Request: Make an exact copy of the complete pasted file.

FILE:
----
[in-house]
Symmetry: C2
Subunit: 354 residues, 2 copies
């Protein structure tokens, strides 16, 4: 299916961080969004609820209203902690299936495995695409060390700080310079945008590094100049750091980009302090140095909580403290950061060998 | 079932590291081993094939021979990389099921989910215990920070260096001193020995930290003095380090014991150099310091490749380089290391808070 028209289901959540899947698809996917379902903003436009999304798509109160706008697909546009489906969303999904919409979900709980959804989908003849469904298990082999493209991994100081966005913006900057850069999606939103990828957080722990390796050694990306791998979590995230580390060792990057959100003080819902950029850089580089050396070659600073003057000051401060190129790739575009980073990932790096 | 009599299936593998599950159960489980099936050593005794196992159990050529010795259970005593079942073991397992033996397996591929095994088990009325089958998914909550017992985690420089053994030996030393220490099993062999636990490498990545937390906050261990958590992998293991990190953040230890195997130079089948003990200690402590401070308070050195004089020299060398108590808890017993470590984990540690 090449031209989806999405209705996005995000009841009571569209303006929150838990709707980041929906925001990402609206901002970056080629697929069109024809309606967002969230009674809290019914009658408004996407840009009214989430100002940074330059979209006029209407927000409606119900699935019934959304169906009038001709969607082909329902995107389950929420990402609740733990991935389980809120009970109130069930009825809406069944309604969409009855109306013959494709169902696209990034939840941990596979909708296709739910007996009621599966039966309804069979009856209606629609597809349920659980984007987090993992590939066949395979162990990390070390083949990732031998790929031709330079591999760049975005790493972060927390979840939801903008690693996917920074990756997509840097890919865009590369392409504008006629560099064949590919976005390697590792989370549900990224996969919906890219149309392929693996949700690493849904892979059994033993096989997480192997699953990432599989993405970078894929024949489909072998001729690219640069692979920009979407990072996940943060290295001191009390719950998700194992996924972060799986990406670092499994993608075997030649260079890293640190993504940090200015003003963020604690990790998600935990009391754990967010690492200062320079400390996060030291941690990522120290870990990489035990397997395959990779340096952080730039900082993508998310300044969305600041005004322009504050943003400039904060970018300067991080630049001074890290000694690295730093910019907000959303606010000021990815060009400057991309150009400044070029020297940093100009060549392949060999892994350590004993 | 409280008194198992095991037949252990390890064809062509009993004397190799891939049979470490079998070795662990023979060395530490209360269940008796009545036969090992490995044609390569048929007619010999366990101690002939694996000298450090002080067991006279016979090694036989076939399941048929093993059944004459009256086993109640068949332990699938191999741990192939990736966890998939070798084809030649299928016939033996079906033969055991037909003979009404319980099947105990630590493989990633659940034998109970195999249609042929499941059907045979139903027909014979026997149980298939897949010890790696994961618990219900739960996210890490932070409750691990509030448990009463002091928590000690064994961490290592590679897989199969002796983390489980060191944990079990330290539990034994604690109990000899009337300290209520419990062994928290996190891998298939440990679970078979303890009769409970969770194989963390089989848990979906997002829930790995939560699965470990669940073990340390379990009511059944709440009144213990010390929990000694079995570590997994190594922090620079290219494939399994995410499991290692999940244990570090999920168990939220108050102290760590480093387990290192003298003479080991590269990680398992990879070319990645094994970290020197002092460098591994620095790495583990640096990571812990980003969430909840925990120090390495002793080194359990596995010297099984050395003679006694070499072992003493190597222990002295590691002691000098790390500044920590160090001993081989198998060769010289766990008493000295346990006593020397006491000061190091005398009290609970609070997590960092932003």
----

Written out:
[in-house]
Symmetry: C2
Subunit: 354 residues, 2 copies
């Protein structure tokens, strides 16, 4: 299916961080969004609820209203902690299936495995695409060390700080310079945008590094100049750091980009302090140095909580403290950061060998 | 079932590291081993094939021979990389099921989910215990920070260096001193020995930290003095380090014991150099310091490749380089290391808070 028209289901959540899947698809996917379902903003436009999304798509109160706008697909546009489906969303999904919409979900709980959804989908003849469904298990082999493209991994100081966005913006900057850069999606939103990828957080722990390796050694990306791998979590995230580390060792990057959100003080819902950029850089580089050396070659600073003057000051401060190129790739575009980073990932790096 | 009599299936593998599950159960489980099936050593005794196992159990050529010795259970005593079942073991397992033996397996591929095994088990009325089958998914909550017992985690420089053994030996030393220490099993062999636990490498990545937390906050261990958590992998293991990190953040230890195997130079089948003990200690402590401070308070050195004089020299060398108590808890017993470590984990540690 090449031209989806999405209705996005995000009841009571569209303006929150838990709707980041929906925001990402609206901002970056080629697929069109024809309606967002969230009674809290019914009658408004996407840009009214989430100002940074330059979209006029209407927000409606119900699935019934959304169906009038001709969607082909329902995107389950929420990402609740733990991935389980809120009970109130069930009825809406069944309604969409009855109306013959494709169902696209990034939840941990596979909708296709739910007996009621599966039966309804069979009856209606629609597809349920659980984007987090993992590939066949395979162990990390070390083949990732031998790929031709330079591999760049975005790493972060927390979840939801903008690693996917920074990756997509840097890919865009590369392409504008006629560099064949590919976005390697590792989370549900990224996969919906890219149309392929693996949700690493849904892979059994033993096989997480192997699953990432599989993405970078894929024949489909072998001729690219640069692979920009979407990072996940943060290295001191009390719950998700194992996924972060799986990406670092499994993608075997030649260079890293640190993504940090200015003003963020604690990790998600935990009391754990967010690492200062320079400390996060030291941690990522120290870990990489035990397997395959990779340096952080730039900082993508998310300044969305600041005004322009504050943003400039904060970018300067991080630049001074890290000694690295730093910019907000959303606010000021990815060009400057991309150009400044070029020297940093100009060549392949060999892994350590004993 | 409280008194198992095991037949252990390890064809062509009993004397190799891939049979470490079998070795662990023979060395530490209360269940008796009545036969090992490995044609390569048929007619010999366990101690002939694996000298450090002080067991006279016979090694036989076939399941048929093993059944004459009256086993109640068949332990699938191999741990192939990736966890998939070798084809030649299928016939033996079906033969055991037909003979009404319980099947105990630590493989990633659940034998109970195999249609042929499941059907045979139903027909014979026997149980298939897949010890790696994961618990219900739960996210890490932070409750691990509030448990009463002091928590000690064994961490290592590679897989199969002796983390489980060191944990079990330290539990034994604690109990000899009337300290209520419990062994928290996190891998298939440990679970078979303890009769409970969770194989963390089989848990979906997002829930790995939560699965470990669940073990340390379990009511059944709440009144213990010390929990000694079995570590997994190594922090620079290219494939399994995410499991290692999940244990570090999920168990939220108050102290760590480093387990290192003298003479080991590269990680398992990879070319990645094994970290020197002092460098591994620095790495583990640096990571812990980003969430909840925990120090390495002793080194359990596995010297099984050395003679006694070499072992003493190597222990002295590691002691000098790390500044920590160090001993081989198998060769010289766990008493000295346990006593020397006491000061190091005398009290609970609070997590960092932003």